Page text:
Banteng are considered one of the most beautiful cow species, their striking coats and white "socks" as well as impressive horns and big black eyes set them apart from other bovines. Male Banteng sport dark brown coats with white stockings and are very muscular with large curved horns. Females are red in color with white stockings and also have horns, although less impressive then their male counterparts.
Banteng are found in many different parts of South East Asia. There are 3 subspecies; Bos javanicus
javanicus on Java and Bali, Bos javanicus lowi on Borneo and Bos javanicus birmanicus on the Asian
Although banteng can be found in many places, there are only about 8000 wild banteng altogether. They
live in different habitats in different areas including open dry deciduous forest and more densely forested
areas. Here you would often find them living in small groups. This group would usually include females and their offspring of different ages and perhaps an adult male. Males might live on their own or form groups with other males. In the breeding season males compete to be the most dominant, which means they get to mate with more females. Large groups are made up of up to 100 animals are sometimes seen but these are normally for a short time period. Where they have been studied in the wild, banteng are active both during the day and at night, swapping between resting and moving around or eating. If you were watching them in the wild you might expect to see more of them at dawn and dusk when they often emerge from thicker forest into open areas to find food and socialise.
Because they are shy and hard to see, you might expect that wild banteng should be safe from human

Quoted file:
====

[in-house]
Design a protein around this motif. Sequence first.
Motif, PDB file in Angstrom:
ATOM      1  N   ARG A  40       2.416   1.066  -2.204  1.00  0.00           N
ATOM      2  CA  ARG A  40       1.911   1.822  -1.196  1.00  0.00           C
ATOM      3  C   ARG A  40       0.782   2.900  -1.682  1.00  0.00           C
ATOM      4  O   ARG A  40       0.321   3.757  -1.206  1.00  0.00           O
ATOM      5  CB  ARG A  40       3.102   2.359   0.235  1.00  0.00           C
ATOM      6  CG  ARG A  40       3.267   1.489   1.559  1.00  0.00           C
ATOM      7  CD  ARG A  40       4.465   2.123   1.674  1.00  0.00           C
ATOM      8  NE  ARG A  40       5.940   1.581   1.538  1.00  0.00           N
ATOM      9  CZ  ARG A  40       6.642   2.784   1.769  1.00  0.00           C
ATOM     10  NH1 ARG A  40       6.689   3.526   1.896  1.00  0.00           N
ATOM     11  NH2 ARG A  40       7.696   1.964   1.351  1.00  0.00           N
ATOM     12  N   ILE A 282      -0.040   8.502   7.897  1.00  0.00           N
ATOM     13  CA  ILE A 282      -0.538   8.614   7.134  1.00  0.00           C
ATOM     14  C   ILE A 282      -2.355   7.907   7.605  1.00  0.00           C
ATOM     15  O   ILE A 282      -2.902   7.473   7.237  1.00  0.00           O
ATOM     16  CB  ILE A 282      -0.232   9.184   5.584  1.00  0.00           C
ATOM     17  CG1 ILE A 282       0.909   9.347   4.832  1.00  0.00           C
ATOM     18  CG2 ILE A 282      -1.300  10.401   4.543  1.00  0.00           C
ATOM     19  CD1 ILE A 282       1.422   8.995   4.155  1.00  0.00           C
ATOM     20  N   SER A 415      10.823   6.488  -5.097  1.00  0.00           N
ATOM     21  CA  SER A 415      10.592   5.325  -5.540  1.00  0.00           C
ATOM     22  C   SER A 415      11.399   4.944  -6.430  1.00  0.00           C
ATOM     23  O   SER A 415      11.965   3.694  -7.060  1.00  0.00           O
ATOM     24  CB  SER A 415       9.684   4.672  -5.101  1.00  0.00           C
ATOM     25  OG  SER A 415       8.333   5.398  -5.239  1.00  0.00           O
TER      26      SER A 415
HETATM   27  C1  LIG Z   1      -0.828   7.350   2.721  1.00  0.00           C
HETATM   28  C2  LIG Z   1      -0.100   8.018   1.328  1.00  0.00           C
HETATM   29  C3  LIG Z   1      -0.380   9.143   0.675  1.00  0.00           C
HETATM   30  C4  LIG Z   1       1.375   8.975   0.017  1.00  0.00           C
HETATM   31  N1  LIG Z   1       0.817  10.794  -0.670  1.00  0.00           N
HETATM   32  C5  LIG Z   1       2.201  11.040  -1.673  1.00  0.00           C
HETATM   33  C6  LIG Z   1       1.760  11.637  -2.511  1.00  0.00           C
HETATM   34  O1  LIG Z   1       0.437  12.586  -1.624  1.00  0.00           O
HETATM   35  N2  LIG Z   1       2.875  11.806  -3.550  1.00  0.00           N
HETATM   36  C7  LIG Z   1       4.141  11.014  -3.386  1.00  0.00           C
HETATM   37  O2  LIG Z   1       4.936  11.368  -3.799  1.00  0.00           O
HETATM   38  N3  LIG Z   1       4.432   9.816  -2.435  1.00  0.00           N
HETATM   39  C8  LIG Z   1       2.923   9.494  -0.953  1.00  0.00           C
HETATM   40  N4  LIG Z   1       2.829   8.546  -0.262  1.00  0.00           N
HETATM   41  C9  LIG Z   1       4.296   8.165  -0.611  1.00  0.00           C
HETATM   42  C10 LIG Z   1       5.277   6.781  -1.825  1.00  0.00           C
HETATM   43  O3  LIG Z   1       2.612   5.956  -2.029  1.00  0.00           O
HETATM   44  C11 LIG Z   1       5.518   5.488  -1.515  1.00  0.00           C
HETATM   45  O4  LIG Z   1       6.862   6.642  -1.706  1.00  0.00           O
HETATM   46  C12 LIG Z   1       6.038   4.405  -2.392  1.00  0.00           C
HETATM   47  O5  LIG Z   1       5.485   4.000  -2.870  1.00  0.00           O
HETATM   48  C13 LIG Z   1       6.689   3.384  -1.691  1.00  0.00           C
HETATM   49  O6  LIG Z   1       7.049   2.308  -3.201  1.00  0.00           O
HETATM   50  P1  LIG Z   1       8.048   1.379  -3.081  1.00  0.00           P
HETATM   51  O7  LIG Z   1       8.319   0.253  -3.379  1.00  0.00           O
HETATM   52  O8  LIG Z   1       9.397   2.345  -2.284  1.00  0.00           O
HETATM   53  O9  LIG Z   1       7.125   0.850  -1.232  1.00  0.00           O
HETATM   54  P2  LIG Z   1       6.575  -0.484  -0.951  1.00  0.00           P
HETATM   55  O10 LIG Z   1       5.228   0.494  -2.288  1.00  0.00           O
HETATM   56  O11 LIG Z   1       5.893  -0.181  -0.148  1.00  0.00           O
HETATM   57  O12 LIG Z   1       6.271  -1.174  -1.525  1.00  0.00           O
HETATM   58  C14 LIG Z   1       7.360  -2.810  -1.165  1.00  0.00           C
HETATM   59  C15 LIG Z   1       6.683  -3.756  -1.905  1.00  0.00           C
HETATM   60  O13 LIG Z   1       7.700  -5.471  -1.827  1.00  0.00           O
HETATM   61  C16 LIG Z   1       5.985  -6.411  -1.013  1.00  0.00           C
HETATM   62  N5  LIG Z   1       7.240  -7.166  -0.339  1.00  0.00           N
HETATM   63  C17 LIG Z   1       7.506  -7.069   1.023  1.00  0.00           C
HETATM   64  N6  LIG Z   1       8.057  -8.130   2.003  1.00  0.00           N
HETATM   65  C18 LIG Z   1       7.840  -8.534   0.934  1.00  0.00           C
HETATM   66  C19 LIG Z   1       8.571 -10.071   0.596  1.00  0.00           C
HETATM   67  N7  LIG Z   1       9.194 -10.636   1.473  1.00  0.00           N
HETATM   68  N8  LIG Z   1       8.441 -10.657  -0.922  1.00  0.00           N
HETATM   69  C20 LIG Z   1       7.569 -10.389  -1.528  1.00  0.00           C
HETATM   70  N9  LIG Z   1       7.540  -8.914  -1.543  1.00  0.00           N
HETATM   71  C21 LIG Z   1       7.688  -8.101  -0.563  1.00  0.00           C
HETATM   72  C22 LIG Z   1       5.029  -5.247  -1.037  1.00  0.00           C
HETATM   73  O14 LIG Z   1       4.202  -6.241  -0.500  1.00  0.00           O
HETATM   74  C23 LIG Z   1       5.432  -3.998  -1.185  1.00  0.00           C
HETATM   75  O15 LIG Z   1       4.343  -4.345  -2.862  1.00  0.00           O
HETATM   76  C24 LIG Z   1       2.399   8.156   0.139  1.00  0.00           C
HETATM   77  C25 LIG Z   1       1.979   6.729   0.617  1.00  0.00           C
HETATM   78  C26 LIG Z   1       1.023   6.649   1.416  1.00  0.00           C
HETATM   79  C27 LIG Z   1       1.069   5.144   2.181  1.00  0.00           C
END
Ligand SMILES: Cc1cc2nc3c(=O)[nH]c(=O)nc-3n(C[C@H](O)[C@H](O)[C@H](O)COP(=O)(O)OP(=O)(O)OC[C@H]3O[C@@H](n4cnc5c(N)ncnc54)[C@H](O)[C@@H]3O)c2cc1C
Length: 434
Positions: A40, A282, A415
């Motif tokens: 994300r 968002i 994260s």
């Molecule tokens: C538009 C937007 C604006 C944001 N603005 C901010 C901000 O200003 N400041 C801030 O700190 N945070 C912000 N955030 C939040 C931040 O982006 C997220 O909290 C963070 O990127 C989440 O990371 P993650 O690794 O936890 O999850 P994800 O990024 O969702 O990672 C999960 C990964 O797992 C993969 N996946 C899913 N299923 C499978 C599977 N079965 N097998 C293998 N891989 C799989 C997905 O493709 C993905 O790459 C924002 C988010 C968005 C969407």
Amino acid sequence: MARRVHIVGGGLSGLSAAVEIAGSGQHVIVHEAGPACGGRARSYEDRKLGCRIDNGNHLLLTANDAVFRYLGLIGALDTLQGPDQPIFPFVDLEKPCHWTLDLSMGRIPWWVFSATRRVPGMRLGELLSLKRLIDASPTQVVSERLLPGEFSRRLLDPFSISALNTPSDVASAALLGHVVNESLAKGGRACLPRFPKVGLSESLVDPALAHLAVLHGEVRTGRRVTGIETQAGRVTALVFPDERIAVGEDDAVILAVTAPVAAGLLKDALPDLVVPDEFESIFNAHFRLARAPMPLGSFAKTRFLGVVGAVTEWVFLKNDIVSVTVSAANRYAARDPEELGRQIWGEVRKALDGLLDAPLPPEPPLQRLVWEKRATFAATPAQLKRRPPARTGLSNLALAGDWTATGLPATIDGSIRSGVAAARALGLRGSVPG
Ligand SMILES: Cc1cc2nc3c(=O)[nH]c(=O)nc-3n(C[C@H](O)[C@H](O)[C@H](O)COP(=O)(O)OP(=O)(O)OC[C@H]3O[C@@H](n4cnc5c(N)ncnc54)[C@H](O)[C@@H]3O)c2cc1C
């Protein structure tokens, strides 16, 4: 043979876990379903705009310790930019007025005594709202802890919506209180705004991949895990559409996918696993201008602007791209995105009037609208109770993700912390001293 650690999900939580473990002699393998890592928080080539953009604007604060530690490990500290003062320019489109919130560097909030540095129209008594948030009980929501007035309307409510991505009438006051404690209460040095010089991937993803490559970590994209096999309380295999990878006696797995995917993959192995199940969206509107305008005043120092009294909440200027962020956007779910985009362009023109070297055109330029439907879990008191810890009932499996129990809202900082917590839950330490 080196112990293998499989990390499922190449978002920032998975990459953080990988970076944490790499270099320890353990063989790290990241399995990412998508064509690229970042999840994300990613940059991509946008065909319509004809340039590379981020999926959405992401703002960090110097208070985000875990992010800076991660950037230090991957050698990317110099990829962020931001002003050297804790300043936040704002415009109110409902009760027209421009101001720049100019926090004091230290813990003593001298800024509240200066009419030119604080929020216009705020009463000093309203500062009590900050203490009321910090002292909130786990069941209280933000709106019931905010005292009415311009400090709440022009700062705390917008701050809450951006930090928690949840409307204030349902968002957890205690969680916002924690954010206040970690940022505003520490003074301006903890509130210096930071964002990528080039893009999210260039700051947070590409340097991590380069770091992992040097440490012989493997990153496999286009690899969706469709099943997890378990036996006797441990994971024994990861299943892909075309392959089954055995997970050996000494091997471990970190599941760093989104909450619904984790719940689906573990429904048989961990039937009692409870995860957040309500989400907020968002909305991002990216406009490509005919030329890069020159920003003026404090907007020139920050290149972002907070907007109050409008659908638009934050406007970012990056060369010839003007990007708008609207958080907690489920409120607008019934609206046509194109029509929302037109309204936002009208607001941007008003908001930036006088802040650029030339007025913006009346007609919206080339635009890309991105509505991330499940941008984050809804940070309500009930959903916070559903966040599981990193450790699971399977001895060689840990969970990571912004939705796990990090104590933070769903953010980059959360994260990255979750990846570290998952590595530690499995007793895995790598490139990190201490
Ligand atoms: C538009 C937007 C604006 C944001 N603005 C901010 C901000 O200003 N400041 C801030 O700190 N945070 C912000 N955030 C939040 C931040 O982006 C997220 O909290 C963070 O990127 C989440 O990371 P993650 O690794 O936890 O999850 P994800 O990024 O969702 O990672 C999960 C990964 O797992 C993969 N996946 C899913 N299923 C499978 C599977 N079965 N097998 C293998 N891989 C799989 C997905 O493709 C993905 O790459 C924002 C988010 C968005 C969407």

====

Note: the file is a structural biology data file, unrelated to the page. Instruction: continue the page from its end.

impacts, but this is not the case.
The main threats to banteng are hunting and habitat loss.
Banteng are often hunted for their meat and their horns, for use as medicine and for sport hunting. In many areas loss of habitat has made it easier for hunters to get near to the banteng. In many places where they live banteng are losing their habitat as it is changed into farmland or developed in other ways.
Where banteng live near people and domesticated cattle, there is also risk of catching diseases from
domestic cattle and breeding with domestic cattle.
The Global Species Management Plan
Whilst it is sad to think that these animals are declining, the good news is that many people are working hard to try to help them. Zoos, governments and conservation organisations from around the world are working together to save the banteng through a Global Species Management Plan. The plan brings together experts and has details of actions which will be taken to save the banteng from extinction. Breeding them in zoos in Indonesia and across the world is a really important part of this plan.
It’s also really important to find out all that we can about banteng both in zoos and in the wild. Research will help guide best practice in caring for and breeding these animals in zoos and support healthy populations to prevent the banteng from going extinct. Working with communities and raising awareness of the threats banteng face aims to reduce hunting and increase protection of wild populations.
We also want people like you to know just how amazing and special banteng are and that they are worth protecting!
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Banteng are considered some of the worlds most beautiful cows because of their sleek beautiful coat and white stockings.